A couple schadenfreudes trickled in over Memorial Day
Hospital systems around the country have started scaling back financial assistance for lower- and middle-income people without health insurance, hoping to push them into signing up for coverage through the new online marketplaces created under the Affordable Care Act.Charity doesn't make people more dependent on government and encourage them to vote for democrats. Can't have that.
The trend is troubling to advocates for the uninsured, who say raising fees will inevitably cause some to skip care rather than buy insurance that they consider unaffordable. Though the number of hospitals tightening access to free or discounted care appears limited so far, many say they are considering doing so, and experts predict that stricter policies will become increasingly common.
Driving the new policies is the cost of charity care, which is partly covered by government but remains a burden for many hospitals. The new law also reduces federal aid to hospitals that treat large numbers of poor and uninsured people, creating an additional pressure on some to restrict charity care.
I.R.S. Bars Employers From Dumping Workers Into Health Exchanges
Many employers had thought they could shift health costs to the government by sending their employees to a health insurance exchange with a tax-free contribution of cash to help pay premiums, but the Obama administration has squelched the idea in a new ruling. Such arrangements do not satisfy the health care law, the administration said, and employers may be subject to a tax penalty of $100 a day — or $36,500 a year — for each employee who goes into the individual marketplace.This is interesting, because one of the possible benefits of the Obamacare law was a weaning of the United States away from an employee based system. I think the switch to a mandated system was worse, but now we're seeing that benefit eroded.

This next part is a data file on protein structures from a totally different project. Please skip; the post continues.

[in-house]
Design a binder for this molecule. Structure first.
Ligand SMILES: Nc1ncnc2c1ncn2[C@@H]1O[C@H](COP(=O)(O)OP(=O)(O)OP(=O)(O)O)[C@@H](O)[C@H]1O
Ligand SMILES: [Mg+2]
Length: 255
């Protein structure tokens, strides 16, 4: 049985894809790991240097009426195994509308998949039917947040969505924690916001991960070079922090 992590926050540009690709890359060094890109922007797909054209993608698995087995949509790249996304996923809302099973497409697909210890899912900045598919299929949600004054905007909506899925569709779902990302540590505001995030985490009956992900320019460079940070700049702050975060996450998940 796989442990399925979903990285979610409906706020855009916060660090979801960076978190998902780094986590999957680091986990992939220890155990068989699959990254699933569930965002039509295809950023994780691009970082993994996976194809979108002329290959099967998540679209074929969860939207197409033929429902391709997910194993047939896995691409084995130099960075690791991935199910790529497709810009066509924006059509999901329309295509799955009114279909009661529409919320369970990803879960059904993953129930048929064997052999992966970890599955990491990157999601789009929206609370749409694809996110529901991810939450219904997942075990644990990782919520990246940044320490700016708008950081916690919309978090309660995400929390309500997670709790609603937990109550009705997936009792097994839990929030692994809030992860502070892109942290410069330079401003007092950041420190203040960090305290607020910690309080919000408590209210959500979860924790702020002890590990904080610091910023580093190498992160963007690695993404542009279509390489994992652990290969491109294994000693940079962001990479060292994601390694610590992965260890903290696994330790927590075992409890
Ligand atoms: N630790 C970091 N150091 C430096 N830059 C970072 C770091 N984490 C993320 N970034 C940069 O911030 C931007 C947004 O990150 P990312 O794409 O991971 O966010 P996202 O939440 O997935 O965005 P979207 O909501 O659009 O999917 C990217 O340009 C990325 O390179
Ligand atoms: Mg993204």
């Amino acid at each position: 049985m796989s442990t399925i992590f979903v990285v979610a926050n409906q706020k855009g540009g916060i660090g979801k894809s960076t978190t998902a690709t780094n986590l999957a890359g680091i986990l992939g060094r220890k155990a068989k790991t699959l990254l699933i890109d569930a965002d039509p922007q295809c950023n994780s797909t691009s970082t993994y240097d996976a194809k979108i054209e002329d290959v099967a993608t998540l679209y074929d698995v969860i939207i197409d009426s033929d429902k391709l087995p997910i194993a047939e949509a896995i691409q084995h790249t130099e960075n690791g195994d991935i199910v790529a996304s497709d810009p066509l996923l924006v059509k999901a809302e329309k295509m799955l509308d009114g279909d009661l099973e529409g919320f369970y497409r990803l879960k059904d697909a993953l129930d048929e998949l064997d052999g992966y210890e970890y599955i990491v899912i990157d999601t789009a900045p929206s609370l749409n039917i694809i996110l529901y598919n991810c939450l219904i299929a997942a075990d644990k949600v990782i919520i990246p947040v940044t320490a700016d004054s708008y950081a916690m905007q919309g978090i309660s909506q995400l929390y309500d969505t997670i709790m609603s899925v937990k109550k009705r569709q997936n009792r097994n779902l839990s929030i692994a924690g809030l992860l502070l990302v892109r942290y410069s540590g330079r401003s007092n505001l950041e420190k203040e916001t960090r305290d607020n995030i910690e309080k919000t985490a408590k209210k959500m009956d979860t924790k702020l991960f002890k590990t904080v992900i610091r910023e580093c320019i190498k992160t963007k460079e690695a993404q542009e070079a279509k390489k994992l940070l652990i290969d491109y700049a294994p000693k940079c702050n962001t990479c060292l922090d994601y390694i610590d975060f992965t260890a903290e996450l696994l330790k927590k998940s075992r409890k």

The ruling this month, by the Internal Revenue Service, blocks any wholesale move by employers to dump employees into the exchanges.
Under a central provision of the health care law, larger employers are required to offer health coverage to full-time workers, or else the employers may be subject to penalties.
Many employers — some that now offer coverage and some that do not — had concluded that it would be cheaper to provide each employee with a lump sum of money to buy insurance on an exchange, instead of providing coverage directly.
Christopher E. Condeluci, a former tax and benefits counsel to the Senate Finance Committee, said the ruling was significant because it made clear that “an employee cannot use tax-free contributions from an employer to purchase an insurance policy sold in the individual health insurance market, inside or outside an exchange.”Pretty much typical of this "my way or no way" administration.
If an employer wants to help employees buy insurance on their own, Mr. Condeluci said, it can give them higher pay, in the form of taxable wages. But in such cases, he said, the employer and the employee would owe payroll taxes on those wages, and the change could be viewed by workers as reducing a valuable benefit.
Andrew R. Biebl, a tax partner at CliftonLarsonAllen, a large accounting firm based in Minneapolis, said the ruling could disrupt arrangements used in many industries. “For decades,” Mr. Biebl said, “employers have been assisting employees by reimbursing them for health insurance premiums and out-of-pocket costs. The new federal ruling eliminates many of those arrangements by imposing an unusually punitive penalty.”
In more news buried in this article, states will no longer be allowed to regulate the felonious and ex-ACORN Obamacare
In a separate rule, the administration prohibits states from imposing onerous restrictions on insurance counselors, who educate consumers and help them enroll in health plans. Under the rule, states cannot establish standards that impair the counselors’ ability to help consumers or to perform other tasks required by federal law.
In January, a federal district judge in Missouri found that the state was illegally obstructing the activities of insurance counselors, including those known as navigators. The state has appealed the decision.